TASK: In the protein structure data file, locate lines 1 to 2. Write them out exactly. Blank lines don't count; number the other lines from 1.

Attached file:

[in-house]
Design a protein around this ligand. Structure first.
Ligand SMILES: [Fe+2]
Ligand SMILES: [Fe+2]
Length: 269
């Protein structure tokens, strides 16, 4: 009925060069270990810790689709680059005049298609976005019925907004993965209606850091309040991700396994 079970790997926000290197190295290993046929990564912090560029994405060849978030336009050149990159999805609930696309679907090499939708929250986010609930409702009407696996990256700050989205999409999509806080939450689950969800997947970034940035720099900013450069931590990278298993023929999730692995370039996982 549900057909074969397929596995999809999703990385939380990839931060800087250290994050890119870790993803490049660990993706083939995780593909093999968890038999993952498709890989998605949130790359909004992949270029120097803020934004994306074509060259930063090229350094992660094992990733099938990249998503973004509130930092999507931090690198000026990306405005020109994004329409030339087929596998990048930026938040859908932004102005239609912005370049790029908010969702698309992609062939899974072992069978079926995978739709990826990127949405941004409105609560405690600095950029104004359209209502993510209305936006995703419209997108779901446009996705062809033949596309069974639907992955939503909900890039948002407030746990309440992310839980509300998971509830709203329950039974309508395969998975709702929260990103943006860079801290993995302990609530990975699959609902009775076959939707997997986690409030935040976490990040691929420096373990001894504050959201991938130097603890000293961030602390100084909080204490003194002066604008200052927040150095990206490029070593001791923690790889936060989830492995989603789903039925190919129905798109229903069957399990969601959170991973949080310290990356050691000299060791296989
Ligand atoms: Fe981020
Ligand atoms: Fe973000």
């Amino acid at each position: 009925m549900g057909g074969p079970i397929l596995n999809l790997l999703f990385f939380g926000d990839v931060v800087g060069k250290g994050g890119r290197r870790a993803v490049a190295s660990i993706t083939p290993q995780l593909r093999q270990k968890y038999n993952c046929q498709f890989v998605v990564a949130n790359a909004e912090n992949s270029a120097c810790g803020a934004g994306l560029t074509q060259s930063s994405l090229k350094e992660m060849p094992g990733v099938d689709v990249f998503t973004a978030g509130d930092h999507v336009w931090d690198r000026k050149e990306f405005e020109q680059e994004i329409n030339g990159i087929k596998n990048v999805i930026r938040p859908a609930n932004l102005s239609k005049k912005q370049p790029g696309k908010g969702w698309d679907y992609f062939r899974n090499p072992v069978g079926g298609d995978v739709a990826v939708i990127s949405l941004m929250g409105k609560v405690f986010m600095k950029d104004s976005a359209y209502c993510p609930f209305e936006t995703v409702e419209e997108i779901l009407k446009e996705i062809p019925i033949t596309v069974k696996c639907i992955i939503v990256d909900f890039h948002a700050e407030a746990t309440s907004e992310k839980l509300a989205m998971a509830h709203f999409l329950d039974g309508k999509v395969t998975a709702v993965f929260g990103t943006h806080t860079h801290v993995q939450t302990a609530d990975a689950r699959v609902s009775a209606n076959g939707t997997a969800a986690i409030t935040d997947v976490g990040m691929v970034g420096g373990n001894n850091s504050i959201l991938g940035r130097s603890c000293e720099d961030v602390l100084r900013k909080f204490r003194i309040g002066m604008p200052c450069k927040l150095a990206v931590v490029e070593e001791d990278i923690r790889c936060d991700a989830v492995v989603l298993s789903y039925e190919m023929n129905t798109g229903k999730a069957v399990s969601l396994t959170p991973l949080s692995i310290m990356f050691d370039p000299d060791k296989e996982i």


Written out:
[in-house]
Design a protein around this ligand. Structure first.